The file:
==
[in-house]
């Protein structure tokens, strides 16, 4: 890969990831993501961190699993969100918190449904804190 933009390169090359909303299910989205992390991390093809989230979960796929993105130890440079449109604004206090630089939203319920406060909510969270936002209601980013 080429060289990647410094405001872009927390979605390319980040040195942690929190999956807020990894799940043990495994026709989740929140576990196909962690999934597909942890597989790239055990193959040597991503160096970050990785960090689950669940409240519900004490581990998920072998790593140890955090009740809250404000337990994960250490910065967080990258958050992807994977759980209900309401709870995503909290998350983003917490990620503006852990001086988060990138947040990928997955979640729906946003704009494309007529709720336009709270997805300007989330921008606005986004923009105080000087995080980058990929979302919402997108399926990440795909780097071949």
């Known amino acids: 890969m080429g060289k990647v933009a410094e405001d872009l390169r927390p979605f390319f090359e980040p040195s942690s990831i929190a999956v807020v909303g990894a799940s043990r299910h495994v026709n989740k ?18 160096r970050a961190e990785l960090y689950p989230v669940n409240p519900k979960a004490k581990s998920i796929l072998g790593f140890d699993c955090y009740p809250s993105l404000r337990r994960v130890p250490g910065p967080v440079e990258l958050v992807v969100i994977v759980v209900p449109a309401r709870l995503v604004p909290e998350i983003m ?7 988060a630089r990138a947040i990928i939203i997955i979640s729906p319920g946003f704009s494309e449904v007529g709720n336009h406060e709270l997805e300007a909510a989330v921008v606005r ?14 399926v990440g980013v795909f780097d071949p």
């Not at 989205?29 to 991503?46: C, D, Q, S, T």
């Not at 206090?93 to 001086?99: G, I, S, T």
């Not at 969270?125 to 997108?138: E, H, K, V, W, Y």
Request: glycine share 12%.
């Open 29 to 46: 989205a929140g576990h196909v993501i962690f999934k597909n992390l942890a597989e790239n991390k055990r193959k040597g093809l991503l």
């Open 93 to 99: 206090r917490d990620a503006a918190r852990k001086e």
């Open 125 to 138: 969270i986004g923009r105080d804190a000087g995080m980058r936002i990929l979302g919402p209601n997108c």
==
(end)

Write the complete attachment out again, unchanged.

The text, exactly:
[in-house]
């Protein structure tokens, strides 16, 4: 890969990831993501961190699993969100918190449904804190 933009390169090359909303299910989205992390991390093809989230979960796929993105130890440079449109604004206090630089939203319920406060909510969270936002209601980013 080429060289990647410094405001872009927390979605390319980040040195942690929190999956807020990894799940043990495994026709989740929140576990196909962690999934597909942890597989790239055990193959040597991503160096970050990785960090689950669940409240519900004490581990998920072998790593140890955090009740809250404000337990994960250490910065967080990258958050992807994977759980209900309401709870995503909290998350983003917490990620503006852990001086988060990138947040990928997955979640729906946003704009494309007529709720336009709270997805300007989330921008606005986004923009105080000087995080980058990929979302919402997108399926990440795909780097071949």
């Known amino acids: 890969m080429g060289k990647v933009a410094e405001d872009l390169r927390p979605f390319f090359e980040p040195s942690s990831i929190a999956v807020v909303g990894a799940s043990r299910h495994v026709n989740k ?18 160096r970050a961190e990785l960090y689950p989230v669940n409240p519900k979960a004490k581990s998920i796929l072998g790593f140890d699993c955090y009740p809250s993105l404000r337990r994960v130890p250490g910065p967080v440079e990258l958050v992807v969100i994977v759980v209900p449109a309401r709870l995503v604004p909290e998350i983003m ?7 988060a630089r990138a947040i990928i939203i997955i979640s729906p319920g946003f704009s494309e449904v007529g709720n336009h406060e709270l997805e300007a909510a989330v921008v606005r ?14 399926v990440g980013v795909f780097d071949p």
């Not at 989205?29 to 991503?46: C, D, Q, S, T």
């Not at 206090?93 to 001086?99: G, I, S, T």
């Not at 969270?125 to 997108?138: E, H, K, V, W, Y």
Request: glycine share 12%.
């Open 29 to 46: 989205a929140g576990h196909v993501i962690f999934k597909n992390l942890a597989e790239n991390k055990r193959k040597g093809l991503l």
């Open 93 to 99: 206090r917490d990620a503006a918190r852990k001086e």
């Open 125 to 138: 969270i986004g923009r105080d804190a000087g995080m980058r936002i990929l979302g919402p209601n997108c």